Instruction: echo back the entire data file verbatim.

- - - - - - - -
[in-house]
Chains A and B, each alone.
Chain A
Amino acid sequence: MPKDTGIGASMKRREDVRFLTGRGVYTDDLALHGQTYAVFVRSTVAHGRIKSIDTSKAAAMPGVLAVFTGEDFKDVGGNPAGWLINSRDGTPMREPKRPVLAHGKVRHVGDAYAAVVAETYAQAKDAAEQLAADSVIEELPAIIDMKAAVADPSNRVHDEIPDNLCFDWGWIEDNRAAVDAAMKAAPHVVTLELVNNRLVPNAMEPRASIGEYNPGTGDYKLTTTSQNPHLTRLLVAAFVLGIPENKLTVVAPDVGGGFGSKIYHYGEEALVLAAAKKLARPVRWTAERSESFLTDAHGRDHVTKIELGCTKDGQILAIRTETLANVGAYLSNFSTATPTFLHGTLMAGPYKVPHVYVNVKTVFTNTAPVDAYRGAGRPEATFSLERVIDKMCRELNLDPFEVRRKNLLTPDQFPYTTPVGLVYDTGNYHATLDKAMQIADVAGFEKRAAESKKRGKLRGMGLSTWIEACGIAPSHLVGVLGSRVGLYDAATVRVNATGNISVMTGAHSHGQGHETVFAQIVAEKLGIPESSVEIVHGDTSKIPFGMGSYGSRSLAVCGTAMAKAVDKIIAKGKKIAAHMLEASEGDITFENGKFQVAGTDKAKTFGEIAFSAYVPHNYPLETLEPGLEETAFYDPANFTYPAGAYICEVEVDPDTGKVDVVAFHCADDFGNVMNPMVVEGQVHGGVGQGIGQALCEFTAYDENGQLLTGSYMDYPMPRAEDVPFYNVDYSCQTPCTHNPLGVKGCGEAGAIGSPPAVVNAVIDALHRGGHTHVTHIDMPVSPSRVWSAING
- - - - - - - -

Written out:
[in-house]
Chains A and B, each alone.
Chain A
Amino acid sequence: MPKDTGIGASMKRREDVRFLTGRGVYTDDLALHGQTYAVFVRSTVAHGRIKSIDTSKAAAMPGVLAVFTGEDFKDVGGNPAGWLINSRDGTPMREPKRPVLAHGKVRHVGDAYAAVVAETYAQAKDAAEQLAADSVIEELPAIIDMKAAVADPSNRVHDEIPDNLCFDWGWIEDNRAAVDAAMKAAPHVVTLELVNNRLVPNAMEPRASIGEYNPGTGDYKLTTTSQNPHLTRLLVAAFVLGIPENKLTVVAPDVGGGFGSKIYHYGEEALVLAAAKKLARPVRWTAERSESFLTDAHGRDHVTKIELGCTKDGQILAIRTETLANVGAYLSNFSTATPTFLHGTLMAGPYKVPHVYVNVKTVFTNTAPVDAYRGAGRPEATFSLERVIDKMCRELNLDPFEVRRKNLLTPDQFPYTTPVGLVYDTGNYHATLDKAMQIADVAGFEKRAAESKKRGKLRGMGLSTWIEACGIAPSHLVGVLGSRVGLYDAATVRVNATGNISVMTGAHSHGQGHETVFAQIVAEKLGIPESSVEIVHGDTSKIPFGMGSYGSRSLAVCGTAMAKAVDKIIAKGKKIAAHMLEASEGDITFENGKFQVAGTDKAKTFGEIAFSAYVPHNYPLETLEPGLEETAFYDPANFTYPAGAYICEVEVDPDTGKVDVVAFHCADDFGNVMNPMVVEGQVHGGVGQGIGQALCEFTAYDENGQLLTGSYMDYPMPRAEDVPFYNVDYSCQTPCTHNPLGVKGCGEAGAIGSPPAVVNAVIDALHRGGHTHVTHIDMPVSPSRVWSAING